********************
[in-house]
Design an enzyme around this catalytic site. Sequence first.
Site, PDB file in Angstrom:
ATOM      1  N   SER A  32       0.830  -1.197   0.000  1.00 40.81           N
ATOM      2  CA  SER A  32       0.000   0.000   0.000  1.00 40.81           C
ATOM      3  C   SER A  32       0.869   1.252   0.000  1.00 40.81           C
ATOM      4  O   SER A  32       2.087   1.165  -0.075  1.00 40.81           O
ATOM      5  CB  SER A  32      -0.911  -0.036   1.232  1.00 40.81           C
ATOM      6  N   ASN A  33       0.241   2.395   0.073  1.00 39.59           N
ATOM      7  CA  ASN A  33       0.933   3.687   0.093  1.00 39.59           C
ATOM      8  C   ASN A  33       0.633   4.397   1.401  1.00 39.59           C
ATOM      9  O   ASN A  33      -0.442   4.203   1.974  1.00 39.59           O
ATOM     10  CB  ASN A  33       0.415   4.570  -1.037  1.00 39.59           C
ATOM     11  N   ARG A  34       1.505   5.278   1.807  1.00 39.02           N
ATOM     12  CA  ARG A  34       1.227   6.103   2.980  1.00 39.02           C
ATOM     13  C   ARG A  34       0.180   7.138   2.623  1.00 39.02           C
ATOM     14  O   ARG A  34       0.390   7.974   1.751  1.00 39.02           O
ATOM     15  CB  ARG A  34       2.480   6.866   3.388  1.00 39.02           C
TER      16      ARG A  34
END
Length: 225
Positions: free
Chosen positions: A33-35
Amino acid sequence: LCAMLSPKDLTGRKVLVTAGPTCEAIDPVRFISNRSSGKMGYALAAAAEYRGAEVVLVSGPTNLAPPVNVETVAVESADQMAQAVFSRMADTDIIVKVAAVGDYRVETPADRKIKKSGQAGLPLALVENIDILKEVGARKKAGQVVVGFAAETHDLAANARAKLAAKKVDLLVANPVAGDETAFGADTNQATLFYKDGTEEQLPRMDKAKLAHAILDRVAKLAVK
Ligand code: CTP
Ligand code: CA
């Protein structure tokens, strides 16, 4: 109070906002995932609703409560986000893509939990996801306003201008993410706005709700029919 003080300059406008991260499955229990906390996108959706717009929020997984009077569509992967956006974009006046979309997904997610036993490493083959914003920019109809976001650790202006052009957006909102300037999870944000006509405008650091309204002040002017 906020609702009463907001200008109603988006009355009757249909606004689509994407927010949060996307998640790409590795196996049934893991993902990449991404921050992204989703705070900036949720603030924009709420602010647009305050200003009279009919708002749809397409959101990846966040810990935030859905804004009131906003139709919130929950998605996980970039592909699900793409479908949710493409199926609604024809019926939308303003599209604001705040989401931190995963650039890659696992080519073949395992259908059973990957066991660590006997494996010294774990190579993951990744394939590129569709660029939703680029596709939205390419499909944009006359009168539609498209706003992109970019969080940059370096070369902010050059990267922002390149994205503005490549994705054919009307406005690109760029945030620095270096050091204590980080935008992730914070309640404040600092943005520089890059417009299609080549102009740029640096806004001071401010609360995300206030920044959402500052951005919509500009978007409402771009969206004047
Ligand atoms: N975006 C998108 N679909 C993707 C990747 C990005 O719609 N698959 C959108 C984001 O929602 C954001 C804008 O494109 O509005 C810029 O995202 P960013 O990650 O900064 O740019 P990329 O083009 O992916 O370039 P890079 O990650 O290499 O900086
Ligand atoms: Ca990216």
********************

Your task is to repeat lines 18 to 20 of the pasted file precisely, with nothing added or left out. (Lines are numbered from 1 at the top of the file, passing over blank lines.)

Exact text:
ATOM     15  CB  ARG A  34       2.480   6.866   3.388  1.00 39.02           C
TER      16      ARG A  34
END